He battled the commission again in 2000, when he was mayor of Oakland and was pursuing an ambitious redevelopment program for the city. The FPPC found that Brown had a conflict of interest because the program could have affected the value of his residence. Accusing the panel of applying the law too broadly, Brown sued and won in an appeals court.
Ravel had also argued from the outside for the FPPC to ease up. As Santa Clara County counsel in 2003, she won relaxed conflict-of-interest rules for county supervisors.
One of her first acts as commission chairwoman was to rescind public notices about pending investigations. Her predecessor, Dan Schnur, a former GOP strategist who now runs the Jesse M. Unruh Institute of Politics at USC, had posted such information on the panel’s website in hopes of deterring politicians from misbehaving.
Ravel argued that public airing of allegations that had not yet been substantiated violated the due-process rights of those accused.
She also canceled about half of the commission’s monthly meetings, which Schnur also questioned. “It’s important for the political community to know that the body responsible for its oversight is meeting on a regular basis,” Schnur said.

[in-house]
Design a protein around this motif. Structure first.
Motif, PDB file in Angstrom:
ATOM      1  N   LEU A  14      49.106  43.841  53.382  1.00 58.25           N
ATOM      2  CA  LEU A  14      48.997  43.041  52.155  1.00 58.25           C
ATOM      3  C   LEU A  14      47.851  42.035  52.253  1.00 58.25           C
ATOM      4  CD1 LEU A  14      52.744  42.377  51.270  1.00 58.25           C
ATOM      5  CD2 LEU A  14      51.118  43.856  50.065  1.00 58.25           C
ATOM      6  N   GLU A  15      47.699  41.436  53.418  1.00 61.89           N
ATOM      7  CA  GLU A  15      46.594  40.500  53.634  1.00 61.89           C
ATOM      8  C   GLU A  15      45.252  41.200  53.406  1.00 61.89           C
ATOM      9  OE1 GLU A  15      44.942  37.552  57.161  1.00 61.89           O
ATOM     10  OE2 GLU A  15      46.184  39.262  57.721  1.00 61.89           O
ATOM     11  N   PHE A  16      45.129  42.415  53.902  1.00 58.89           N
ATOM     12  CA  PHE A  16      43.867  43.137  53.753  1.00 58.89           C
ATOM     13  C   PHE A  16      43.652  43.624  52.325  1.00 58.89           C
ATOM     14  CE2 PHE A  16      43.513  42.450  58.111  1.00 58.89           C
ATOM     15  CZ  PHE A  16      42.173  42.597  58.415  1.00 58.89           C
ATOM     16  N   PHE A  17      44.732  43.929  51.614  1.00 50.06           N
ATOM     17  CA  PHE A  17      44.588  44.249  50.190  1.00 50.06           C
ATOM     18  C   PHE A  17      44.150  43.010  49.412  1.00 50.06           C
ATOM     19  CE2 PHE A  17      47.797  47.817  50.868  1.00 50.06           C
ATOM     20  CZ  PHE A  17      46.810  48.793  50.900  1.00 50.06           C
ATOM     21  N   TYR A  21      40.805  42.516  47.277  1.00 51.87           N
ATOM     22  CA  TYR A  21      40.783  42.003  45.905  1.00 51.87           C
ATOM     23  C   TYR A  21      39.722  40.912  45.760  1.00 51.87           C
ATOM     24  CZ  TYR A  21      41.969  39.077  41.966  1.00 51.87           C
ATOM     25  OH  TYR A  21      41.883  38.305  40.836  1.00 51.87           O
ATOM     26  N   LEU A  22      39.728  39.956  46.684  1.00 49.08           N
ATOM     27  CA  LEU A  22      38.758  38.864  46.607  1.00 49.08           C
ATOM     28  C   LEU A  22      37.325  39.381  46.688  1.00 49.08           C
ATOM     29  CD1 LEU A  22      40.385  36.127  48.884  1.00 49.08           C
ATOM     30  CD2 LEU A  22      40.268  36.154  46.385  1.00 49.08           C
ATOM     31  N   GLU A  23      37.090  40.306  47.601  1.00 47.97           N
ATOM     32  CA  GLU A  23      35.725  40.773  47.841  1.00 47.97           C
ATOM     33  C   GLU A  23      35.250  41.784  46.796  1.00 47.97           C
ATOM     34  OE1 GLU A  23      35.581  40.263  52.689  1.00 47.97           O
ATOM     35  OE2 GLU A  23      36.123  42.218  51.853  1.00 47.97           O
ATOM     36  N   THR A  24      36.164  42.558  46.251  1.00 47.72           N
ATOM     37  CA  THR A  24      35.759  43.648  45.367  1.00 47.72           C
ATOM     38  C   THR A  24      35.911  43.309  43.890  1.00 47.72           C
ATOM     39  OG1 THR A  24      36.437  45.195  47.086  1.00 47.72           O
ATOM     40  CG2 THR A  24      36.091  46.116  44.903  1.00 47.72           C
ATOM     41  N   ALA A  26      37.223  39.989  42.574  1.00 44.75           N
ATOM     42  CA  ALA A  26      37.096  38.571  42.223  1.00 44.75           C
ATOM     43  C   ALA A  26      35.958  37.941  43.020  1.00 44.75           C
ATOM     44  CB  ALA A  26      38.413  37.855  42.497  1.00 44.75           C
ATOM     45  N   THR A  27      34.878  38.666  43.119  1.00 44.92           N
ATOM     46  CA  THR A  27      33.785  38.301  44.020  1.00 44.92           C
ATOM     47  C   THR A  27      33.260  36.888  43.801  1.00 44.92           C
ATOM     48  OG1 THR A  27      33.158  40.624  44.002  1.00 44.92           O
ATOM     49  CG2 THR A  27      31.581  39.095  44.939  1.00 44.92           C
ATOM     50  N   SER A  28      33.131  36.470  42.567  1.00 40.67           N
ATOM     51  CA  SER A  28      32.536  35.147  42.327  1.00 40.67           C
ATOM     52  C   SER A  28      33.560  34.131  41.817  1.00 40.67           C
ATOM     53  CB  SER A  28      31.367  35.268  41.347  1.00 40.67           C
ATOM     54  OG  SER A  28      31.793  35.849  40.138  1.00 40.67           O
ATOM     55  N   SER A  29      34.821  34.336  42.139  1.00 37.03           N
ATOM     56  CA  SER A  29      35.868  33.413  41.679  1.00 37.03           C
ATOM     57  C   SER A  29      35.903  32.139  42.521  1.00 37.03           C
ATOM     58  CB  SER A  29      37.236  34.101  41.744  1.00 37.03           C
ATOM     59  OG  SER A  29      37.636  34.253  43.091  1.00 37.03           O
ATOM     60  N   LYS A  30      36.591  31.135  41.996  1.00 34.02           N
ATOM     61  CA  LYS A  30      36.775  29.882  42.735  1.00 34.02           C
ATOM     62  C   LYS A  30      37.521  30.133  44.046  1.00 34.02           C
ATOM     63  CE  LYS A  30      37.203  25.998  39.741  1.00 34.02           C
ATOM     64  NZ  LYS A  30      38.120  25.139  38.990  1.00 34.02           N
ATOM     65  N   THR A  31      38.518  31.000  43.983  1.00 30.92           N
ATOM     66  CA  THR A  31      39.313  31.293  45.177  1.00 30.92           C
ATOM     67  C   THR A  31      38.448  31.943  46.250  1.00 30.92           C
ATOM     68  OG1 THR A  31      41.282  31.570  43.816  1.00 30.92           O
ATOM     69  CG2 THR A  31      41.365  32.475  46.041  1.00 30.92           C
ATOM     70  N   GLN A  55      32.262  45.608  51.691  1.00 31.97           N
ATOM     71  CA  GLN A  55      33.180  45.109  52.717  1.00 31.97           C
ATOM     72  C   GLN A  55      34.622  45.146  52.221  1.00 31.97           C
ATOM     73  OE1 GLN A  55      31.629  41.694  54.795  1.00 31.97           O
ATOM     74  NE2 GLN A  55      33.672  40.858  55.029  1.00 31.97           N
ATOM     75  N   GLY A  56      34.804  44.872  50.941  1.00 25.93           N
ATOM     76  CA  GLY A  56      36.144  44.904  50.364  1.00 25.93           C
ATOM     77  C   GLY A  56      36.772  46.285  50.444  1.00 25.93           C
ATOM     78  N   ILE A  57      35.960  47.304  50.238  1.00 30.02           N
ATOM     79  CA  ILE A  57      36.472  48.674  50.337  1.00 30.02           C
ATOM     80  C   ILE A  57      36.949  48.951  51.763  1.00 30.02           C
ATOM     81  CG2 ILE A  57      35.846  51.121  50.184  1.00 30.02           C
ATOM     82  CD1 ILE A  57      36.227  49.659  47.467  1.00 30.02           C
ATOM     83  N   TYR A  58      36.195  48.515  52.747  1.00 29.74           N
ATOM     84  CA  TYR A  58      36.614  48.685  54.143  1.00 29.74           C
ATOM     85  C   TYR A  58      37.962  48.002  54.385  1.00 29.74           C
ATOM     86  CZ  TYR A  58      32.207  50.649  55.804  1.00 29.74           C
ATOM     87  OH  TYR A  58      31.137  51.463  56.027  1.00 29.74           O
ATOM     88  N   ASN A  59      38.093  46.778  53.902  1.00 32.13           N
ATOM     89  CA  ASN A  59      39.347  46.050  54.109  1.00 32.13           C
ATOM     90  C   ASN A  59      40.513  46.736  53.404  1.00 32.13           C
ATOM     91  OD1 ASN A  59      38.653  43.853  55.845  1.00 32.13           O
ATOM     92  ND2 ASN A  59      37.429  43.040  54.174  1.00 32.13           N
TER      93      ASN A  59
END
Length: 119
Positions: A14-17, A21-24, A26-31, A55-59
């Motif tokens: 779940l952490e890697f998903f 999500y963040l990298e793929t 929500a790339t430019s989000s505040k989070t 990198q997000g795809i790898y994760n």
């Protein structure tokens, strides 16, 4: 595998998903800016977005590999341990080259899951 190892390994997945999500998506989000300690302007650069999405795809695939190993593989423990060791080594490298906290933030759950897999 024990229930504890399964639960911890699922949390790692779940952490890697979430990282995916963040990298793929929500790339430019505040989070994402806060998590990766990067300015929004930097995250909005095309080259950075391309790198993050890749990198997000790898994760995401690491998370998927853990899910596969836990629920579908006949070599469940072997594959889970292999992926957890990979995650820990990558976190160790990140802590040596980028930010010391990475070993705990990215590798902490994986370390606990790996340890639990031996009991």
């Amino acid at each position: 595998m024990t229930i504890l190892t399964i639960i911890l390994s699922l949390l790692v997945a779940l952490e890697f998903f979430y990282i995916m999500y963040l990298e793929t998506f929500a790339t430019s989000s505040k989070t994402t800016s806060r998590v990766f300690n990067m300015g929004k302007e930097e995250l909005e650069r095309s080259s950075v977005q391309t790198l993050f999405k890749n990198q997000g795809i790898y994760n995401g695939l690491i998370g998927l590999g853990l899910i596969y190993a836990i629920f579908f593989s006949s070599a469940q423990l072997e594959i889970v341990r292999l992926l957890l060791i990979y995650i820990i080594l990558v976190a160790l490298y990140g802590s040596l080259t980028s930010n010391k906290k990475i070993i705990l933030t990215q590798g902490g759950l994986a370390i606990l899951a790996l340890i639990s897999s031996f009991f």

Ravel’s biggest dispute with open-government advocates has involved the overhaul of gift regulations.
State law requires officials to disclose gifts they receive and bars them from accepting gifts worth more than $10 from lobbyists. Ravel noted that the FPPC had allowed exceptions over the years if an official was dating the lobbyist or was a guest in the lobbyist’s home.
The dating exemption is now written into state regulations, with a requirement that officials refrain from action on issues involving those with whom they are in a “dating relationship.”
That will prevent abuse, Ravel said, without poking the government’s nose into people’s personal lives.
“The fact that somebody getting an engagement ring from somebody and they truly have a relationship — I don’t consider that a serious problem,” she said. “And I don’t think that’s the FPPC’s issue.”
Feng of California Common Cause disagreed, saying, “Potential corruption does not stop just because the relationship has entered the bedroom.”